The third level is essentially the defensive approach — “I’m going to make this network so secure that no one is going to break into it.” This is when all those inline and out-of-band devices are deployed. You can even create defense-in-depth strategies for prevention. For instance, if someone gets through Port 80 on the firewall, the next step is to challenge the data with DPI (deep packet inspection). There are other things you can do as well, like implement prevention, detection, and response processes.

Unfortunately, these architectures all have at least one thing in common: They don’t work. Someone always gets through the defenses. A better strategy is needed.  At Ixia, we’re calling this network security resilience.

Can you define what you mean by resilient security and how it works?

Keith: Resilience is defined as the ability of an entity to return to its original form after being bent, stretched, or compressed. From a security perspective, we are specifically talking about the ability of an IT network to recover to normal, steady state operations after a security attack and breach have occurred.

CSO quote > Keith Bromley, Senior Solution  Marketing Manager, Ixia IDG

It’s not an altogether new concept, but at the same time, it doesn’t get as much attention as the defensive approach. However, from the perspective of a breach, security resilience is one of the most important activities one will ever perform because the “time to observance” and “time to remediation” can be reduced. In short, you get attacked, defenses get breached, the network is compromised, the threat is discovered, the damage is fixed, and then the network is secure again.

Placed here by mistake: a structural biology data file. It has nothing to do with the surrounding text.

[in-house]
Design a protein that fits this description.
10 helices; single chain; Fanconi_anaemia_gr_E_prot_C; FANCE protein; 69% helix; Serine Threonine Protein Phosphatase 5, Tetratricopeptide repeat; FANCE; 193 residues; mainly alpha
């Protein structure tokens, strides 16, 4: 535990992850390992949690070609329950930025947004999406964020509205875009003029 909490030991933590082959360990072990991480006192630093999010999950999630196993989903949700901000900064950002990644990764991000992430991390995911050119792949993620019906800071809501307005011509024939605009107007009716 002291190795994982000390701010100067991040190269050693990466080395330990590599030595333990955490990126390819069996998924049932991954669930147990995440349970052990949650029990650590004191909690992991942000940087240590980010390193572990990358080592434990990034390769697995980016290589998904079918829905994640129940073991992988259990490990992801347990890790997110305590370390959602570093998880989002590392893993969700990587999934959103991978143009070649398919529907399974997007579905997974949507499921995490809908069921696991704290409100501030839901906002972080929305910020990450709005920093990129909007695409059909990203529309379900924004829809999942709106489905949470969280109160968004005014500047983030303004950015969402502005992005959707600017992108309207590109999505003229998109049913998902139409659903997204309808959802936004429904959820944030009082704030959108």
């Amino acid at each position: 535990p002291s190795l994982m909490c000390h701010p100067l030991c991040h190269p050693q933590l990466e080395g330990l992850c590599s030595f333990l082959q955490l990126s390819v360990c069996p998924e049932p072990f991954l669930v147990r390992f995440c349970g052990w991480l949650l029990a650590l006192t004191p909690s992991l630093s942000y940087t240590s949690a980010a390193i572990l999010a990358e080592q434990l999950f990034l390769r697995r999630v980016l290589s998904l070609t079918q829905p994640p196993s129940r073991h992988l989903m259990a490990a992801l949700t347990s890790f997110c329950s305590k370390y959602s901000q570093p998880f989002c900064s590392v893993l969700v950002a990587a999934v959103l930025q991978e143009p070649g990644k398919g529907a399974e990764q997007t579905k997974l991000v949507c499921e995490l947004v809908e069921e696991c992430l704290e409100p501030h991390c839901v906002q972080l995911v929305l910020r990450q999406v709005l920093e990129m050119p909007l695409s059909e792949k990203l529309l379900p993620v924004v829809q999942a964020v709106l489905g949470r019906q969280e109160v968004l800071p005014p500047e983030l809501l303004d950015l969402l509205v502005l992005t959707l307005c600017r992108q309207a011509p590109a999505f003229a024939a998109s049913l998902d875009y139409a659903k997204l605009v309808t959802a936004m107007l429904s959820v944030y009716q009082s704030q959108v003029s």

While prevention should always be a key security architecture goal, a resilient architecture goal focuses on recognizing the breach, investigating the breach, and then remediating the damage as quickly as possible.

How does the resilient approach differ from the other ones? Can you give specifics?

Keith: A resilient approach enables organizations to do a number of things, such as strengthen their capabilities to better defend against attacks, maximize their ability to rebound from attacks, and minimize the severity and cost of security breaches.

network security resilience ixia Ixia

Network security resilience then is the set of activities that can be conducted to help the network after the breach happens. So to be clear, the best effort, compliance, and defensive strategies we talked about earlier are all focused on preventing a breach. This security resilience strategy is about “after breach” activities.

If businesses want to embrace network security resilience, what are some initiatives or technologies they can deploy to move them in that direction?

Keith: Each one of the activities could be an interview in itself, but I’ll try to summarize.

  • Deploy threat intelligence gateways to prevent the exfiltration of data to known bad IP addresses.
  • Use application intelligence to help find indicators of compromise (IOC).
  • Decrypt TLS (and SSL)-based monitoring data with a network packet broker (NPB) to distribute data to forensic tools for faster analysis.
  • Implement adaptive monitoring using the automation capabilities of an NPB to respond to SIEM instructions in near-real time to pass suspect monitoring data to data loss prevention (DLP) tools for analysis.
  • Install a security attack replay capability to capture security data and view it in the lab to acquire a tactical analysis of how the breach took place.
  • Conduct cyber range training so security engineers can recognize threats faster and practice responding to them properly.
  • Use threat simulation capabilities in your security lab to understand better how a particular threat behaves so you can understand what it touches.
  • Capture and filter monitoring data, and then send that data to a purpose-built device to look at traffic patterns and IOC.

Thanks, Keith, that was great. Any last words?

Keith: I understand the need to focus on preventative measures, but every company needs to be prepared for a security breach. The bad guys are moving too fast and have advanced machine learning-based tools. It’s impossible to defend against every type of attack. Playing defense is certainly important, but more emphasis needs to be placed on recovering after a breach.